methylphenidate Ritalin
amphetamines Adderall

SOURCES: U.S. Food and Drug Administration; National Resource Center on AD/HD

But she envisions that some doctors may just throw up their hands and stop prescribing the medications to avoid legal liability. When the news of the panel’s recommendations came out, Dr. Wegner said she had 20 messages on her answering machine within days from parents and patients who wanted to talk to her about them.

“The general pediatrician who’s busy and reads this article in The New York Times may say, ‘I don’t want to do this anymore,’ ” she said.

According to the U.S. Centers for Disease Control and Prevention, located in Atlanta, 2.5 million U.S. children ages 4 to 17 were receiving medication for ADHD, a condition characterized by inattention and impulsivity, in 2003. Psychostimulant medications, sold under brand names such as Ritalin, Concerta, and Adderall, are most often prescribed to treat the disorder. Many of the drugs have been around for decades; Ritalin was approved by the FDA in 1955.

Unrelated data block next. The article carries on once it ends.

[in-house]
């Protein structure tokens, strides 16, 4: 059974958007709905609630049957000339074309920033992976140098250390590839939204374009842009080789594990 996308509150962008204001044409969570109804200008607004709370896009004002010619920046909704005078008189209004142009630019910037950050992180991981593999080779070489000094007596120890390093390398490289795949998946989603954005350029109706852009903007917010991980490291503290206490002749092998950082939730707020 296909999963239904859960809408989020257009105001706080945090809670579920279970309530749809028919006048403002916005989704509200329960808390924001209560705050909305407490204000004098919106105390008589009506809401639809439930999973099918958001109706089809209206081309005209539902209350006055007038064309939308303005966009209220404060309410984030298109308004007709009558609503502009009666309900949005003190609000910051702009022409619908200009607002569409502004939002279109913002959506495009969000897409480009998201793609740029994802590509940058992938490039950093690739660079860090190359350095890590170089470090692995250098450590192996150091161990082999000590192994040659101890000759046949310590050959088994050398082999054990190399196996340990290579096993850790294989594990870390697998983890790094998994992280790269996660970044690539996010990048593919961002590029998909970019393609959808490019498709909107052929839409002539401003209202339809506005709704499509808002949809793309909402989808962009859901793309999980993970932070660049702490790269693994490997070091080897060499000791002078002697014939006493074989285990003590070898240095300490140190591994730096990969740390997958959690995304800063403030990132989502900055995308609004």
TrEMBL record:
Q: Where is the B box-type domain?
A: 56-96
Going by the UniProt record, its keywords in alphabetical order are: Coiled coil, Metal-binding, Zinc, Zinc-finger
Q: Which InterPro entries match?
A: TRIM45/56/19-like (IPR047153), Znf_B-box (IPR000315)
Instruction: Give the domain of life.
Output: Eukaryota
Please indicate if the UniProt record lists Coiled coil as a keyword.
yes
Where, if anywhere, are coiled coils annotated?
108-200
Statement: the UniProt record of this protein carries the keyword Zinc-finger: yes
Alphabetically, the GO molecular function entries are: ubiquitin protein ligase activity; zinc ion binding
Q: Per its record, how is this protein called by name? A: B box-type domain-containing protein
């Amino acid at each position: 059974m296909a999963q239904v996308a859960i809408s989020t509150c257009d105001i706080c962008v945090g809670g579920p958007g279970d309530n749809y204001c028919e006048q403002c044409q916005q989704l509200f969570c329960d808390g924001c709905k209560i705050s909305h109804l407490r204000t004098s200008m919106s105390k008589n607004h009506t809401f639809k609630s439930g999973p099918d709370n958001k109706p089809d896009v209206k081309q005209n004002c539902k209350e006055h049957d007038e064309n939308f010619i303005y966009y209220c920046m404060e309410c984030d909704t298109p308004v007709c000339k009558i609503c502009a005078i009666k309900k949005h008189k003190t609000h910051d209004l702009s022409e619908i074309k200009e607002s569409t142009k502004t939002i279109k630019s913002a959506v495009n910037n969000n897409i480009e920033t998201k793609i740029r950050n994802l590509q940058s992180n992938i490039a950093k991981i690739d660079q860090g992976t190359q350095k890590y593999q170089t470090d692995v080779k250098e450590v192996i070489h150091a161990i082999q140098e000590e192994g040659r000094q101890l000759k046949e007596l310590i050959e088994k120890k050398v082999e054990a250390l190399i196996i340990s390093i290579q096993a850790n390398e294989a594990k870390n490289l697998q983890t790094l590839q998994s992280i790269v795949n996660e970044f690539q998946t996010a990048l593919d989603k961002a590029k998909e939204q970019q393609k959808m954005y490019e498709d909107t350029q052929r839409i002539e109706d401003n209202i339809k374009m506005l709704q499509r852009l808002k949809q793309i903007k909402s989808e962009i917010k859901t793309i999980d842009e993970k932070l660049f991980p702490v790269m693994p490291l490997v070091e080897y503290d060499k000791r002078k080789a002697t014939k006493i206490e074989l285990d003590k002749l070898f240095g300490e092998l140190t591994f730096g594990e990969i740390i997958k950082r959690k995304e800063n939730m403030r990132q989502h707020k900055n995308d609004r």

According to the CDC, 4.4 million U.S. 4- to 17-year-olds have been diagnosed with ADHD by a health-care professional. In 2003, 7.8 percent of school-age children were reported to have an ADHD diagnosis by their parent. IMS Health, a Fairfield, Conn.-based pharmaceutical-information and -consulting company, said ADHD medications accounted for $3.6 billion in sales last year.

Benefits Ignored?

The medications have come under fire before, from those who say they are overprescribed and have unknown side effects. In February 2005, Canadian health authorities removed Adderall from the market over concerns about sudden deaths, but they allowed the drug to be sold six months later, in August.